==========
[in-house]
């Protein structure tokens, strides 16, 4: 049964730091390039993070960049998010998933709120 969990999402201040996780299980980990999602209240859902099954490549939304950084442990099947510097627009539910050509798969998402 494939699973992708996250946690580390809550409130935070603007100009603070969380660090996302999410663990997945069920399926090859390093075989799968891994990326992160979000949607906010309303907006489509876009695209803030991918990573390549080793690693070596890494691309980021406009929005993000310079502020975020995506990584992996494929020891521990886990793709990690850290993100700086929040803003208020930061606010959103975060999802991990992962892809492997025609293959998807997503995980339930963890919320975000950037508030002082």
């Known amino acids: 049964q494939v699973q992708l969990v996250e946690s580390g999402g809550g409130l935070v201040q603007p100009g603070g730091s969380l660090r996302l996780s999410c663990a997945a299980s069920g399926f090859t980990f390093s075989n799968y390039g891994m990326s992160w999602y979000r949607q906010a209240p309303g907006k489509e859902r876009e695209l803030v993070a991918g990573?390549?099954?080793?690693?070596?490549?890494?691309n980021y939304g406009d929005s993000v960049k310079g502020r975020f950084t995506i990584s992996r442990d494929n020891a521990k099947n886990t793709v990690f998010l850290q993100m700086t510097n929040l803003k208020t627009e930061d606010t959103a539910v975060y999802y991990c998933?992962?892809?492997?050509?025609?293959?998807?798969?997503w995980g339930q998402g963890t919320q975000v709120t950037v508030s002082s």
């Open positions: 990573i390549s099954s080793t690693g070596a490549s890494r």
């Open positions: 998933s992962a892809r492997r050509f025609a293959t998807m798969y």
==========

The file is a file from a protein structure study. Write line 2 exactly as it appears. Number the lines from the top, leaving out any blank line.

């Protein structure tokens, strides 16, 4: 049964730091390039993070960049998010998933709120 969990999402201040996780299980980990999602209240859902099954490549939304950084442990099947510097627009539910050509798969998402 494939699973992708996250946690580390809550409130935070603007100009603070969380660090996302999410663990997945069920399926090859390093075989799968891994990326992160979000949607906010309303907006489509876009695209803030991918990573390549080793690693070596890494691309980021406009929005993000310079502020975020995506990584992996494929020891521990886990793709990690850290993100700086929040803003208020930061606010959103975060999802991990992962892809492997025609293959998807997503995980339930963890919320975000950037508030002082």